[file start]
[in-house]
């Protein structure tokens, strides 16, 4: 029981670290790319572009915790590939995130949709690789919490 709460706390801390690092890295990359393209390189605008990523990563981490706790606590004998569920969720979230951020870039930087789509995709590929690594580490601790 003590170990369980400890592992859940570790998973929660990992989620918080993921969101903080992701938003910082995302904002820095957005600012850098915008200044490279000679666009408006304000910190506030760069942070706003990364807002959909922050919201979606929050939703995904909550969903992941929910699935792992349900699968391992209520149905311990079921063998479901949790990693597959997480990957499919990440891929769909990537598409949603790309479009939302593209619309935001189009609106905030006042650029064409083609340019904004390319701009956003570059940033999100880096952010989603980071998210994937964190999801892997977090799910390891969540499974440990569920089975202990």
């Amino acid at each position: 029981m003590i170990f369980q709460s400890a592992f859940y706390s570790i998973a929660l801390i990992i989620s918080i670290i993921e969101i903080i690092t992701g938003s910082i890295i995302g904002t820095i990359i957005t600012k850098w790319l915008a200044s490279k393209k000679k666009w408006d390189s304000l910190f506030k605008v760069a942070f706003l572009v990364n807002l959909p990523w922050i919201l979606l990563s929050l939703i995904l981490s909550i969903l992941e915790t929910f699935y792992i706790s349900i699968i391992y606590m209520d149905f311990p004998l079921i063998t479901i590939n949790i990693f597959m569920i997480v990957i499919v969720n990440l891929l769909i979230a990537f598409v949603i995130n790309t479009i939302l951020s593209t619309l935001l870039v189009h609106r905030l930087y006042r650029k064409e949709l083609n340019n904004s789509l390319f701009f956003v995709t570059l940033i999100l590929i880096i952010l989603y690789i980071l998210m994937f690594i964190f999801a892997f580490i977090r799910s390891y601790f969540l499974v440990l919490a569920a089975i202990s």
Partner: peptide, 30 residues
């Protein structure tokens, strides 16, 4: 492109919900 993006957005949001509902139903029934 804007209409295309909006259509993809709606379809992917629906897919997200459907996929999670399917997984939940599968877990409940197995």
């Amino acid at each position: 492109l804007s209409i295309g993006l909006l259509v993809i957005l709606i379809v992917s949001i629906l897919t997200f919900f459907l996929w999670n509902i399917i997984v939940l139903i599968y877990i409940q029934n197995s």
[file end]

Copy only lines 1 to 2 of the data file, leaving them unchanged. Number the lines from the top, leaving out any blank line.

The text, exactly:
[in-house]
């Protein structure tokens, strides 16, 4: 029981670290790319572009915790590939995130949709690789919490 709460706390801390690092890295990359393209390189605008990523990563981490706790606590004998569920969720979230951020870039930087789509995709590929690594580490601790 003590170990369980400890592992859940570790998973929660990992989620918080993921969101903080992701938003910082995302904002820095957005600012850098915008200044490279000679666009408006304000910190506030760069942070706003990364807002959909922050919201979606929050939703995904909550969903992941929910699935792992349900699968391992209520149905311990079921063998479901949790990693597959997480990957499919990440891929769909990537598409949603790309479009939302593209619309935001189009609106905030006042650029064409083609340019904004390319701009956003570059940033999100880096952010989603980071998210994937964190999801892997977090799910390891969540499974440990569920089975202990």